Sorry is just a word. I feel that people use this word way too often—so much that it has lost meaning. People use it as a quick fix, “I said I’m sorry…” Are they really sorry? Do they even know what sorry means? The word sorry is defined as feeling sorrow or regret, but too often people repeat that same action or behavior. It becomes a “sorry cycle.” I feel that if someone was truly feeling sorrow or regret, the behavior would stop—ending the cycle. There is a tendency to slap on the “sorry band aid” instead of learning from one’s behavior or actions. Sorry is just a word; it doesn’t fix anything.
Think about this word through the eyes of the child. Do you think young children know what it means to be sorry? Do they understand regret and sorrow? Jean Piaget’s theories of development indicate young children are egocentric. Once children begin the third stage of cognitive development, concrete operational, they begin to use more logical thinking and eliminate egocentricism. Egocentrism is the inability to differentiate between self and others. More specifically, it is the inability to understand or assume any perspective other than their own. For example, a child who takes the block from her peer is so focused on her own needs and desires; she may not even be aware or concerned with the needs of her peers. The child has no regard for her peer because of her own focus. Children during this stage of development are still processing and identifying their emotions/feelings; they cannot fully comprehend the emotions of their peers or the idea of empathy. As educators, we understand that children are egocentric and these skills are emerging, so why are we forcing children to say, “I’m sorry”?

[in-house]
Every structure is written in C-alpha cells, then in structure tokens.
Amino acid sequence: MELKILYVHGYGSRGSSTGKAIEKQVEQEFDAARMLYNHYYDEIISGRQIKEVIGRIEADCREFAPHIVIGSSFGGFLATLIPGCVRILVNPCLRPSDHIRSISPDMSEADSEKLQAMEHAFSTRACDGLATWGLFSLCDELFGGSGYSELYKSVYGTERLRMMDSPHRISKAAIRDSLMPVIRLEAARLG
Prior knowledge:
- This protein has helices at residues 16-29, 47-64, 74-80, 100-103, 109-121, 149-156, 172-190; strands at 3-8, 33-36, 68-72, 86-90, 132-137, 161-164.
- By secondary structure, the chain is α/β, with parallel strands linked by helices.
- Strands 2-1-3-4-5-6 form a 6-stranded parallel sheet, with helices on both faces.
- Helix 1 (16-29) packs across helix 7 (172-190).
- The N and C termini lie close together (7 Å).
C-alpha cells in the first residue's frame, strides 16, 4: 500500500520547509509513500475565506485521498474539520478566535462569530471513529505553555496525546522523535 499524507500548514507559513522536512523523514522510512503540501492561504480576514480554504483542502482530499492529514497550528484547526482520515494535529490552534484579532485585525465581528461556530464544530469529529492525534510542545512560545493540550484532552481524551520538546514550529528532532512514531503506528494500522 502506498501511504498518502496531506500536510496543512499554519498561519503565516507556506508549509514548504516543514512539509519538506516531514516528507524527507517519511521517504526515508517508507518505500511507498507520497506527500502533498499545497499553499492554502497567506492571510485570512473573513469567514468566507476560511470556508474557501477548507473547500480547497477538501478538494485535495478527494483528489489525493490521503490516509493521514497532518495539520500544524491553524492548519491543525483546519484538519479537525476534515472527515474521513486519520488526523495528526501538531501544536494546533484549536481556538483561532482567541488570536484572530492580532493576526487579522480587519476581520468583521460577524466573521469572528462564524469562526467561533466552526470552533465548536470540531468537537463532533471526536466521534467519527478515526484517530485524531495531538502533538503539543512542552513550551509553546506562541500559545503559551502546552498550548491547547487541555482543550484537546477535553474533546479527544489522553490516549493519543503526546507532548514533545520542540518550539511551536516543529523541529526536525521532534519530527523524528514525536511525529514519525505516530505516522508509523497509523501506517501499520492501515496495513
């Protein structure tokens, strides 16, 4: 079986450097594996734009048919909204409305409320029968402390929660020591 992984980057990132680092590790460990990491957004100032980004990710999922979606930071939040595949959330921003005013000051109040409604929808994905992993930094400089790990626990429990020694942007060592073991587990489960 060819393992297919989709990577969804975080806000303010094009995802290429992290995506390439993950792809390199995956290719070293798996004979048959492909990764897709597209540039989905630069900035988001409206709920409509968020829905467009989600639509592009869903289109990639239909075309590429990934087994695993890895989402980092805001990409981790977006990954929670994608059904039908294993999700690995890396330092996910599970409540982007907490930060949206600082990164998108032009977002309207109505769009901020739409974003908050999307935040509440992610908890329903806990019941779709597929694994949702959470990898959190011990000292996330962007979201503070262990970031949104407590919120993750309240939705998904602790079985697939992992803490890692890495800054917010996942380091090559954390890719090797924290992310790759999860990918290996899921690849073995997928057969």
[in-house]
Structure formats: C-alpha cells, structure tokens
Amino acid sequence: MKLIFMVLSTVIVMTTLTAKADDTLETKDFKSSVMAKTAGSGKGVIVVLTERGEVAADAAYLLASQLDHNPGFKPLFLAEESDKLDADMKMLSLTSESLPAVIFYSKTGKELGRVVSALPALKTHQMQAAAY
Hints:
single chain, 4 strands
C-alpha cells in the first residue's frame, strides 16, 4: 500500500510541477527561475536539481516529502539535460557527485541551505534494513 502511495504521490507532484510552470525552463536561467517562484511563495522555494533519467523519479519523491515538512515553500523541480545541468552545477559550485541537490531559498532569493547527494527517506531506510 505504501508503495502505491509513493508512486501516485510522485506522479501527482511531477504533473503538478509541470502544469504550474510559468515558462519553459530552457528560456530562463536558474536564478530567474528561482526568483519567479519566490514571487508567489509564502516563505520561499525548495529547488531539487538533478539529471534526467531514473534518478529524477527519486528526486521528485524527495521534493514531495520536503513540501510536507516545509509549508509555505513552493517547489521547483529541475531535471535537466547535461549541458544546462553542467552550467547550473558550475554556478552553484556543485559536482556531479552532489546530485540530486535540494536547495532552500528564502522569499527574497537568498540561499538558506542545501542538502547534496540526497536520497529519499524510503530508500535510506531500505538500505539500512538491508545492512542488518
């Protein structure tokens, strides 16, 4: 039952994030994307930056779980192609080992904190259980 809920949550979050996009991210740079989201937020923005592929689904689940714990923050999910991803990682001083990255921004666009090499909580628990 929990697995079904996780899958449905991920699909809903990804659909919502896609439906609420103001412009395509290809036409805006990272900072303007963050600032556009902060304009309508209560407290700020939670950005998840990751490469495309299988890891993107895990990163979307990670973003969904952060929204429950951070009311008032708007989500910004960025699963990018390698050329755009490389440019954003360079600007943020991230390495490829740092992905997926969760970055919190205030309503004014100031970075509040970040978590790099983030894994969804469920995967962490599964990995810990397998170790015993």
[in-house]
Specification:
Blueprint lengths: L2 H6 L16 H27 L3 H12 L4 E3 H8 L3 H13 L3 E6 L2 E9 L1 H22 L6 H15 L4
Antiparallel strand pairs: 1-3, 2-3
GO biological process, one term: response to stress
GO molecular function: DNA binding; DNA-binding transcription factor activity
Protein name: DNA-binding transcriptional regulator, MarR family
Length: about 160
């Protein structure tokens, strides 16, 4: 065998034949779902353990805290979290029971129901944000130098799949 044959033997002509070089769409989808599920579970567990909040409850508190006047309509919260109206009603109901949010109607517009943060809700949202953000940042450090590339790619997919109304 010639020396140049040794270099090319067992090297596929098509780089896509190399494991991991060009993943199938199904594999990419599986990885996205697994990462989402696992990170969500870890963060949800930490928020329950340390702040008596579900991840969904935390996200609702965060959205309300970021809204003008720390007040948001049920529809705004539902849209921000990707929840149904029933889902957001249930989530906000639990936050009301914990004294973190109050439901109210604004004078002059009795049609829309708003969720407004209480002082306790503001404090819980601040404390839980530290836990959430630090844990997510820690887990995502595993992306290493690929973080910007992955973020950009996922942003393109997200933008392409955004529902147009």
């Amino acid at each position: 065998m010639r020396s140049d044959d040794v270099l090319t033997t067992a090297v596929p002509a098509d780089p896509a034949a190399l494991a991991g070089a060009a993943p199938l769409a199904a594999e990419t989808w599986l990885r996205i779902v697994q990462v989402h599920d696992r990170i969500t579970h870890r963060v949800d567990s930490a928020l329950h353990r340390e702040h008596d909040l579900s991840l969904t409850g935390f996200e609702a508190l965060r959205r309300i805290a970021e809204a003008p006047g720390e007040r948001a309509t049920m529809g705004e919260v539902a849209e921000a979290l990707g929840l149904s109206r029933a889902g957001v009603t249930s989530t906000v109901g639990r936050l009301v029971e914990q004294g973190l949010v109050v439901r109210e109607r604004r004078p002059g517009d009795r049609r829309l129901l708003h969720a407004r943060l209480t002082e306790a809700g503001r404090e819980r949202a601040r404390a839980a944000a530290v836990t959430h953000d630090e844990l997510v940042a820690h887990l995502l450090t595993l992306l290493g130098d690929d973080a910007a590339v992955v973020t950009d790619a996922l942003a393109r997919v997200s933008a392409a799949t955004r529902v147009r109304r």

More and more educators are recognizing the importance of emotional and social development and its everlasting benefits on children. Often I work with teachers to help them strategize ways to increase children’s self esteem and self control. We discuss problem-solving strategies, appropriately expressing emotions, and encouraging children to begin to recognize the emotions of their peers. Instead of forcing children to say “Sorry,” let’s help them to become problem solvers and to learn from mistakes. Would it be more beneficial to encourage a child to focus on what he can do next time, what he can do to help fix the problem, or what he could do to help his peer feel better? Instead of just telling children to say they’re sorry, ask these questions:
- Can these issues be solved through actions from the child? For example, should the child help rebuild a peer’s block structure?
- Does the child need adult/peer modeling?
- Should we ask the child’s peers what solutions they think would help?
- Do we need to provide the words to help the children begin the problem-solving process?
In early childhood education, we are helping children build skills and construct a strong foundation that will last a lifetime. Instead of creating more people who are sorry, let’s create children who are problem solvers. Sorry is just a word.